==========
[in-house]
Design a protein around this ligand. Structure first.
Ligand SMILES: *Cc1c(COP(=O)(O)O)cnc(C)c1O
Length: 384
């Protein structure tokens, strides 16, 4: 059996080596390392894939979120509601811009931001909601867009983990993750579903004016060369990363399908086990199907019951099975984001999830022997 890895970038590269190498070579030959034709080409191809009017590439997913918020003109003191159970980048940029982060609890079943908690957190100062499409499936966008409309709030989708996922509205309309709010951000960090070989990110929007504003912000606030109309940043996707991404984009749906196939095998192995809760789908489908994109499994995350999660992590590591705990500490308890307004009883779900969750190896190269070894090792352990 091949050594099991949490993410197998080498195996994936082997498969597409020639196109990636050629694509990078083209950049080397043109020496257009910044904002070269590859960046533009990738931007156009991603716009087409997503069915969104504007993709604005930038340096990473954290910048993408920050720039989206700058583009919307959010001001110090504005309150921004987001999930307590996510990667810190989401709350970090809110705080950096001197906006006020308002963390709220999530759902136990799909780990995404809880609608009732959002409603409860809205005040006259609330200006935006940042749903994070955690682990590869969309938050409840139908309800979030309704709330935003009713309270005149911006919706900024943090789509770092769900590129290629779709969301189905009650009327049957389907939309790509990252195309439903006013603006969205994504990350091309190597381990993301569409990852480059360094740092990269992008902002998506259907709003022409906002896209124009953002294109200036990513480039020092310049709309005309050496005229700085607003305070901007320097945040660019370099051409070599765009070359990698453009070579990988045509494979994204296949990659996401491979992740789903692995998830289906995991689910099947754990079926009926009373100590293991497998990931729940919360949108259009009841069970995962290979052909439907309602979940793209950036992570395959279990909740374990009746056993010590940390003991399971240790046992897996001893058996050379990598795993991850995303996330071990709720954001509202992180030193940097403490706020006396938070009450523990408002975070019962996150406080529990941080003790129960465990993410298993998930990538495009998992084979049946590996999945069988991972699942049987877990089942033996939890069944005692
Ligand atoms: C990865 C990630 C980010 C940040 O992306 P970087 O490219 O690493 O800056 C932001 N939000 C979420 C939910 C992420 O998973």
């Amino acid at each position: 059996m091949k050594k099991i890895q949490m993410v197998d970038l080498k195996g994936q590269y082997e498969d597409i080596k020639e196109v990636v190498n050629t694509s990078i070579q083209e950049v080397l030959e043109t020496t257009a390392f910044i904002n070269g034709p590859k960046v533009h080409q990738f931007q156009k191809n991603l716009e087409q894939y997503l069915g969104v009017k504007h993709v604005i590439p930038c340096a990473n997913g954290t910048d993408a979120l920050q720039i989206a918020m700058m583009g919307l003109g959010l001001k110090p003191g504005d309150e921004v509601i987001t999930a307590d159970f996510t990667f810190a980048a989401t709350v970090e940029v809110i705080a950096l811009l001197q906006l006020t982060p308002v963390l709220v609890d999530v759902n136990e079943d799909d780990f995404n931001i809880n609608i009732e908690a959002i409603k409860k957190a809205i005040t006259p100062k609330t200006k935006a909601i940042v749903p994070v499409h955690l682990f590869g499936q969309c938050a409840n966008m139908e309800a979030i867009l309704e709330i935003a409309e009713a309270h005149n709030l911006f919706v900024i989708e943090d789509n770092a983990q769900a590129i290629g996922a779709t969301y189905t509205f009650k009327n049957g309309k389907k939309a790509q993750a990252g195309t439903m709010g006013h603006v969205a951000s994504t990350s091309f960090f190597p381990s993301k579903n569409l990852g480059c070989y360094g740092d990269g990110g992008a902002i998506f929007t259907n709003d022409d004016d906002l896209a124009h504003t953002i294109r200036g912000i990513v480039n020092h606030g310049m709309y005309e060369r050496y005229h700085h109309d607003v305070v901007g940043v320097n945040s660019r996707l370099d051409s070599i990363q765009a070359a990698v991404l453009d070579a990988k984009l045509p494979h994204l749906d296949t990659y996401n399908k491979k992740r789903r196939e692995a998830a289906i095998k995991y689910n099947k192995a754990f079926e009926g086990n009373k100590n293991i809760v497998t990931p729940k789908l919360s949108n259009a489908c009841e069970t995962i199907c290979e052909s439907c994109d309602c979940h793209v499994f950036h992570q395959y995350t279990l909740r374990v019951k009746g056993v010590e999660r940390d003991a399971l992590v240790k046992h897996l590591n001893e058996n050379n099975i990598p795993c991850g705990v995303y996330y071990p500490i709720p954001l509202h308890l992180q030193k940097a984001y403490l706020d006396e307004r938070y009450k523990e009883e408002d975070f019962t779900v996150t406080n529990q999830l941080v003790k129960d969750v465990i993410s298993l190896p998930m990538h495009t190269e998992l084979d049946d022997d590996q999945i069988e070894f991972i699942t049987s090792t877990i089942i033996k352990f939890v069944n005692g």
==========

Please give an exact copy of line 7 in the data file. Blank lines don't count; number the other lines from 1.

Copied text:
């Amino acid at each position: 059996m091949k050594k099991i890895q949490m993410v197998d970038l080498k195996g994936q590269y082997e498969d597409i080596k020639e196109v990636v190498n050629t694509s990078i070579q083209e950049v080397l030959e043109t020496t257009a390392f910044i904002n070269g034709p590859k960046v533009h080409q990738f931007q156009k191809n991603l716009e087409q894939y997503l069915g969104v009017k504007h993709v604005i590439p930038c340096a990473n997913g954290t910048d993408a979120l920050q720039i989206a918020m700058m583009g919307l003109g959010l001001k110090p003191g504005d309150e921004v509601i987001t999930a307590d159970f996510t990667f810190a980048a989401t709350v970090e940029v809110i705080a950096l811009l001197q906006l006020t982060p308002v963390l709220v609890d999530v759902n136990e079943d799909d780990f995404n931001i809880n609608i009732e908690a959002i409603k409860k957190a809205i005040t006259p100062k609330t200006k935006a909601i940042v749903p994070v499409h955690l682990f590869g499936q969309c938050a409840n966008m139908e309800a979030i867009l309704e709330i935003a409309e009713a309270h005149n709030l911006f919706v900024i989708e943090d789509n770092a983990q769900a590129i290629g996922a779709t969301y189905t509205f009650k009327n049957g309309k389907k939309a790509q993750a990252g195309t439903m709010g006013h603006v969205a951000s994504t990350s091309f960090f190597p381990s993301k579903n569409l990852g480059c070989y360094g740092d990269g990110g992008a902002i998506f929007t259907n709003d022409d004016d906002l896209a124009h504003t953002i294109r200036g912000i990513v480039n020092h606030g310049m709309y005309e060369r050496y005229h700085h109309d607003v305070v901007g940043v320097n945040s660019r996707l370099d051409s070599i990363q765009a070359a990698v991404l453009d070579a990988k984009l045509p494979h994204l749906d296949t990659y996401n399908k491979k992740r789903r196939e692995a998830a289906i095998k995991y689910n099947k192995a754990f079926e009926g086990n009373k100590n293991i809760v497998t990931p729940k789908l919360s949108n259009a489908c009841e069970t995962i199907c290979e052909s439907c994109d309602c979940h793209v499994f950036h992570q395959y995350t279990l909740r374990v019951k009746g056993v010590e999660r940390d003991a399971l992590v240790k046992h897996l590591n001893e058996n050379n099975i990598p795993c991850g705990v995303y996330y071990p500490i709720p954001l509202h308890l992180q030193k940097a984001y403490l706020d006396e307004r938070y009450k523990e009883e408002d975070f019962t779900v996150t406080n529990q999830l941080v003790k129960d969750v465990i993410s298993l190896p998930m990538h495009t190269e998992l084979d049946d022997d590996q999945i069988e070894f991972i699942t049987s090792t877990i089942i033996k352990f939890v069944n005692g």